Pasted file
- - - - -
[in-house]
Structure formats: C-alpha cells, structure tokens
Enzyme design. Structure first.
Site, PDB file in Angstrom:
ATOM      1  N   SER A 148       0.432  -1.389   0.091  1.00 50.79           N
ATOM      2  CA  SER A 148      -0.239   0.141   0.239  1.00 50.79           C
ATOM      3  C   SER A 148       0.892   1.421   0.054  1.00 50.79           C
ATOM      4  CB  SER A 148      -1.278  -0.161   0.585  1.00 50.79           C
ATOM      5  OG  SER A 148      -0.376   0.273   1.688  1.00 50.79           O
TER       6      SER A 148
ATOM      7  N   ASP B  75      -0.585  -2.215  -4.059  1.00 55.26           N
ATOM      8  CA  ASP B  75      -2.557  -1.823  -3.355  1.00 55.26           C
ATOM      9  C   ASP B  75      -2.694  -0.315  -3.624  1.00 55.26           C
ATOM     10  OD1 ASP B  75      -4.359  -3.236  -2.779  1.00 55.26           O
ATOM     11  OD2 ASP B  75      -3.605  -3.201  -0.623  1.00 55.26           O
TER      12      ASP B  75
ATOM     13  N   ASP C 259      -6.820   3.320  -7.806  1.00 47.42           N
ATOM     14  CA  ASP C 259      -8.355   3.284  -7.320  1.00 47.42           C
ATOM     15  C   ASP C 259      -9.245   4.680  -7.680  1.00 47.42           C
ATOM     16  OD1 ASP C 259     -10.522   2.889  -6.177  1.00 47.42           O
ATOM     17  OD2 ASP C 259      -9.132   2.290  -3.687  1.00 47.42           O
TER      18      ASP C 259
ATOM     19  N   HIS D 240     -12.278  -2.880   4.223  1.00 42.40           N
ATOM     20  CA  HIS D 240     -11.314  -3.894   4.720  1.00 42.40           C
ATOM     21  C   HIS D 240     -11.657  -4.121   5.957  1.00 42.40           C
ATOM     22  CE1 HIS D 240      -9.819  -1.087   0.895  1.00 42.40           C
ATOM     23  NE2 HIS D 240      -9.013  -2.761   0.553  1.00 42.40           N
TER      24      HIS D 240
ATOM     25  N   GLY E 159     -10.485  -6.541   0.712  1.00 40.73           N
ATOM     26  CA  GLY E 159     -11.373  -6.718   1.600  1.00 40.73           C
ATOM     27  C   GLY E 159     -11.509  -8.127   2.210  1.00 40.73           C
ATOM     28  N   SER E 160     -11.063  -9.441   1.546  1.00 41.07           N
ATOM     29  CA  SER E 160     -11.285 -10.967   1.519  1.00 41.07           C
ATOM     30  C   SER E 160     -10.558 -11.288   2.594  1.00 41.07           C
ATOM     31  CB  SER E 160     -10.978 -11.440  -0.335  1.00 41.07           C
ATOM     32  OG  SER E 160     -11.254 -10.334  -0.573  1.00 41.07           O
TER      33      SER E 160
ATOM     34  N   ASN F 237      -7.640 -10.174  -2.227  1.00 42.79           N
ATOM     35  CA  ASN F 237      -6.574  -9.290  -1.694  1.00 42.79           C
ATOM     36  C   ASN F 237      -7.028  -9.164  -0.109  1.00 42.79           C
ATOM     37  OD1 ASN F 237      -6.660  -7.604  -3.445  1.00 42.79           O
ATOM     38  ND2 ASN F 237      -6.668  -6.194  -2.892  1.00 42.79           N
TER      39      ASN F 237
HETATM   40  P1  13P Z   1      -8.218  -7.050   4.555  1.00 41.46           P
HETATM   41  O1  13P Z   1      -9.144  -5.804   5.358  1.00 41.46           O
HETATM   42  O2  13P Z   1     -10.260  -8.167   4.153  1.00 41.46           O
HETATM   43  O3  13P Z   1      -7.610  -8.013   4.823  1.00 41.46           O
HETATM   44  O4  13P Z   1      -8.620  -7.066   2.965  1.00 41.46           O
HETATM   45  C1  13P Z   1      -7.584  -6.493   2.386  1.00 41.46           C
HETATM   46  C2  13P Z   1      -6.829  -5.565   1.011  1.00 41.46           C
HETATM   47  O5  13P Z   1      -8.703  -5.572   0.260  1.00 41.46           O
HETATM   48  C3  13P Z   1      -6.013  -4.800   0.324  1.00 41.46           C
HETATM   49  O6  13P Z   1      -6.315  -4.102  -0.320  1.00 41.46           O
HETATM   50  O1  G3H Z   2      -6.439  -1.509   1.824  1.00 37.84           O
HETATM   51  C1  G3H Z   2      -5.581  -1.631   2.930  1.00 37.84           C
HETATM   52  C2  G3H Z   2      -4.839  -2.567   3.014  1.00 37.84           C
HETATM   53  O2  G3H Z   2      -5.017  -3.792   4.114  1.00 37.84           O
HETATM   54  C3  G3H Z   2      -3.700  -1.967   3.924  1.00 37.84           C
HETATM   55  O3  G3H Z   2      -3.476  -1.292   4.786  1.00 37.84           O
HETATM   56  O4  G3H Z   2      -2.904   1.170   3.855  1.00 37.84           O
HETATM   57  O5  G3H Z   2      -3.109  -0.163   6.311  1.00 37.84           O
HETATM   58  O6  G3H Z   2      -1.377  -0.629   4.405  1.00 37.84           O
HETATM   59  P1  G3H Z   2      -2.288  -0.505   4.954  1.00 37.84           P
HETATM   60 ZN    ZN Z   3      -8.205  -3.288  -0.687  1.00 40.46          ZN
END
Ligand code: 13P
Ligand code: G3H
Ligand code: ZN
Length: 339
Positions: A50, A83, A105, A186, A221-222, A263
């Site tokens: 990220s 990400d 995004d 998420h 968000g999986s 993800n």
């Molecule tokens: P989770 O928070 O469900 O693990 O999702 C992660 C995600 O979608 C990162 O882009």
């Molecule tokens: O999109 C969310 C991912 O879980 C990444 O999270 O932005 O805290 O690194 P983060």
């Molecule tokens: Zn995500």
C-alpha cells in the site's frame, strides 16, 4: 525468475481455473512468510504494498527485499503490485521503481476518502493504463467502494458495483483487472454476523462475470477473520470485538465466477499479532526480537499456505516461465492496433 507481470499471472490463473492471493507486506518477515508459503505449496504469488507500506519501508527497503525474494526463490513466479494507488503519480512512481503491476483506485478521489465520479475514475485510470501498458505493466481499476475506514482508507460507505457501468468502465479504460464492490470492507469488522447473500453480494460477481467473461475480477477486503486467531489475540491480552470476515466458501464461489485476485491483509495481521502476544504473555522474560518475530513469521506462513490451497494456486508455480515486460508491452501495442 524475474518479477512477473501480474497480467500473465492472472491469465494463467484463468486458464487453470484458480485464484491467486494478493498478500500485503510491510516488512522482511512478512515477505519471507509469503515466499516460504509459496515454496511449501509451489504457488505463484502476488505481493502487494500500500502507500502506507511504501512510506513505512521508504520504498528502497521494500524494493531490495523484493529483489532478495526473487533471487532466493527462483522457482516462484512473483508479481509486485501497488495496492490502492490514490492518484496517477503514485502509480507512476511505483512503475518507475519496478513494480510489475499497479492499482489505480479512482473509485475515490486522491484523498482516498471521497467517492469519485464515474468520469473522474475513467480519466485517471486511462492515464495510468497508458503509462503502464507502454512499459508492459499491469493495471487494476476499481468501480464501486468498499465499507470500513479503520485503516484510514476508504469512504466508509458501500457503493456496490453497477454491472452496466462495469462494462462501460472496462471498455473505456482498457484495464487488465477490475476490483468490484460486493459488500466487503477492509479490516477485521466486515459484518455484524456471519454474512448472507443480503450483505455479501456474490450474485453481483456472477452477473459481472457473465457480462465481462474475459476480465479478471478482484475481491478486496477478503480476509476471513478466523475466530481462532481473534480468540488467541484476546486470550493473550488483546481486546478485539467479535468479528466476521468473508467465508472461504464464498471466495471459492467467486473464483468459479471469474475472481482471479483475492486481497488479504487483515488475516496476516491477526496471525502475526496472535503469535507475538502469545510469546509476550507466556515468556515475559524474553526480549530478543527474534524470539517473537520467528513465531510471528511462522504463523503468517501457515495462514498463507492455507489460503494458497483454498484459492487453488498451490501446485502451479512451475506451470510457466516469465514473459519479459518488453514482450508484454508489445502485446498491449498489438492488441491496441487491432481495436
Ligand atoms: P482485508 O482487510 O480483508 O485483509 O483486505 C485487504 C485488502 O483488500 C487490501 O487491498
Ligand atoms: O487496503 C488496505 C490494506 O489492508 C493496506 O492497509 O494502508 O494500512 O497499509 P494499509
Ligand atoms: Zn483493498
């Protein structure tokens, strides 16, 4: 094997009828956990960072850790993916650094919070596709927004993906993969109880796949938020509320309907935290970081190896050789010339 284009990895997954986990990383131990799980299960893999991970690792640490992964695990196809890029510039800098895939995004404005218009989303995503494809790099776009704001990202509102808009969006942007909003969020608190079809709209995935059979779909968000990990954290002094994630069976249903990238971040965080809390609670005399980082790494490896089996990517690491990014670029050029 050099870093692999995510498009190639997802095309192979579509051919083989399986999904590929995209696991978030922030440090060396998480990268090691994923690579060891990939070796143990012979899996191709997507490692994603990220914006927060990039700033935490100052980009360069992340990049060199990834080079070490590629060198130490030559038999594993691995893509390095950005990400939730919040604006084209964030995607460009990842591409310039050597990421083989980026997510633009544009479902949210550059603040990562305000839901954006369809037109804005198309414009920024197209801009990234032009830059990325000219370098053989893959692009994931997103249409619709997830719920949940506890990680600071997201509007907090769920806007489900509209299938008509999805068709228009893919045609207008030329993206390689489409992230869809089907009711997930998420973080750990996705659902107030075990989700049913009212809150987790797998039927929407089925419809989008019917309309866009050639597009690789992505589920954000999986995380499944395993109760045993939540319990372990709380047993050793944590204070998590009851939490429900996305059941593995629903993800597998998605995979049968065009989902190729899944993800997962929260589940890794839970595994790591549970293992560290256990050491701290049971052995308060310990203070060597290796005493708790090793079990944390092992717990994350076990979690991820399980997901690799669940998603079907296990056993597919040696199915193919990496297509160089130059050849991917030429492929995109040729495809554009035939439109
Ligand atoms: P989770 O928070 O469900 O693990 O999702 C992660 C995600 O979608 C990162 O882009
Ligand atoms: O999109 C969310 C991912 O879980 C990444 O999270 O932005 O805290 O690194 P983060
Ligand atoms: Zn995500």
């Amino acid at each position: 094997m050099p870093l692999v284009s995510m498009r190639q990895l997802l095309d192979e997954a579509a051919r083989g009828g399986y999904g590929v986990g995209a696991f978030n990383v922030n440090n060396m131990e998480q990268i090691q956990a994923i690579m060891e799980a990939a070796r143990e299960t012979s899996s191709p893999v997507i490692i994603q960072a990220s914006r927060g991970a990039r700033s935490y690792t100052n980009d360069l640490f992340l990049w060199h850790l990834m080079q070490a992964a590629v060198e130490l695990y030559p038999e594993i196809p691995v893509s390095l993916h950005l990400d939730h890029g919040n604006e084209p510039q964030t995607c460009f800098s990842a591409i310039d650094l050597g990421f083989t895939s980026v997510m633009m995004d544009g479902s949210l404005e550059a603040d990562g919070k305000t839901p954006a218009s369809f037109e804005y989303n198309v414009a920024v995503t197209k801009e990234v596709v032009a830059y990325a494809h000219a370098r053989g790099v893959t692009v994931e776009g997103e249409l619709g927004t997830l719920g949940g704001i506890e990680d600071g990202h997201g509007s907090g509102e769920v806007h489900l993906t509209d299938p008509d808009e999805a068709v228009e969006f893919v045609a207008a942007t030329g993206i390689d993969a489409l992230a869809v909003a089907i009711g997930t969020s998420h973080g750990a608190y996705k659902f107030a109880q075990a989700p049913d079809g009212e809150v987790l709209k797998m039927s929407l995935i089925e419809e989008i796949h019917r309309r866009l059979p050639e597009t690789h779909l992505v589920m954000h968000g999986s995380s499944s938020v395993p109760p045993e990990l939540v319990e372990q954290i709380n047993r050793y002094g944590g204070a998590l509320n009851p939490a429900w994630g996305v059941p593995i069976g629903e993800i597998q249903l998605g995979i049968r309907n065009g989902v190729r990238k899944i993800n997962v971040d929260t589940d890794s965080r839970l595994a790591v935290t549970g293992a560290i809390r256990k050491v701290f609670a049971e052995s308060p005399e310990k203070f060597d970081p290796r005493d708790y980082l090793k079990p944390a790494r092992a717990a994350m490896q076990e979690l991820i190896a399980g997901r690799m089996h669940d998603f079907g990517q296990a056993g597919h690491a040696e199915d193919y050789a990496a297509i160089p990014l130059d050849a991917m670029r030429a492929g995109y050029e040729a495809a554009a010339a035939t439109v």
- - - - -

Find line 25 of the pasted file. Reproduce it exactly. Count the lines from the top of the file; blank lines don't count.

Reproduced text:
ATOM     21  C   HIS D 240     -11.657  -4.121   5.957  1.00 42.40           C